LINDALE — He was sitting in the auditorium during a regular school day in 1941 in Clarksdale, Mississippi, when school officials announced something he’d remember for the rest of his life.

Pearl Harbor in Hawaii had been attacked, and the United States was going to war. There was a cry for help at the school, and it was then that 15-year-old Raymond “Ray” Lewis made up his mind that he wanted to go into the Marines.

However, because of his age, he was not allowed to enlist in the military. Still, he felt determined to serve.

He was 5-foot-10 and a half and weighed 165 pounds, bigger than most teenagers. He made plans to convince his parents into going to the recruiter’s office with him and helping him lie about his age.

Lewis — now 93 and living in Lindale — said part of him wanted out of his hometown. His father was an alcoholic, and home life was terrible. Since the age of 12, Lewis had a job as a paperboy, delivering every morning from 2 a.m. to 5 a.m.

Then, he’d go home, have breakfast and go to school. He did this until he joined the Marines.

He said he quickly regretted wanting to join the military after his first day at boot camp at Parris Island, South Carolina.

“When I went into the Marines, there I was with all those older men, and I was just a boy. I felt out of place. They all smoked, so I started smoking, and I started doing what other men did,” he said.

Eventually, he grew accustomed to Marine life and began to enjoy his time there — even the bad times.

Lewis recalls the second day of boot camp when he, along with the other men, fell out and lined up. His drill instructor approached him and said, “Boy, did you shave this morning?”

Lewis had never shaved in his life . The drill sergeant asked him if he had a razor. He said, “Yes, sir, I have a razor. My daddy packed a razor for me.” The instructor told him to go get the razor.

When Lewis brought the razor to him, the drill instructor took the blade out of the razor, rubbed the blade on the Parris Island beach sand with his foot, picked it up, put the blade back on the razor, grabbed a handful of sand, rubbed it on Lewis’ face and dry shaved him.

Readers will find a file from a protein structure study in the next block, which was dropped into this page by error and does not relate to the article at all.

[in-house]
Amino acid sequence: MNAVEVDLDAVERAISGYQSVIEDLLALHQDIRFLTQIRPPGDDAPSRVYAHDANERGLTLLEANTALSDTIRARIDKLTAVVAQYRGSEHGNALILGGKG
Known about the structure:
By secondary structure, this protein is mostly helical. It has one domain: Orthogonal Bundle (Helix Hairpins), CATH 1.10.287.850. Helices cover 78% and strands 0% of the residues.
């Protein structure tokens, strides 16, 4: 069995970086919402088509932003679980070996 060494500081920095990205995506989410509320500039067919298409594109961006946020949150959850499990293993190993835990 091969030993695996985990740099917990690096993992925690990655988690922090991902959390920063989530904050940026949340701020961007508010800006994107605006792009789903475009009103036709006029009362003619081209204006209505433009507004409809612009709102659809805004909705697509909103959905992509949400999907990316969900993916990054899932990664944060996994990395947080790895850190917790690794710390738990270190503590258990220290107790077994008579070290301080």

“I haven’t missed shaving since,” Lewis said.

Although situations such as these were hard for Lewis, he said they taught him discipline.

“I learned discipline in the Marines. When I became a Christian, I carried that discipline over into my life as a Christian. I’ve been opened up twice for heart surgery, I’m 93, I swam a half mile this morning. Discipline, it paid off for me, and it helped me in my Christian life to be obedient to God,” Lewis said.

After boot camp, Lewis said certain men were chosen to go on the line company, who fought in battle on the ground force and certain men were placed in other jobs, like office jobs, cafeteria jobs and more. Lewis was assigned to cafeteria duty and worked there for two years.

Although in the moment he was disappointed, looking back, Lewis was glad he did not become a lineman.

“When the people on the line would go in on the beach, they would be mowed down like flies. Literally, hundreds of men would die, infiltrating the island or the country to gain control of it. When I saw what was happening to them, I was glad that I didn’t go into the line company,” he said.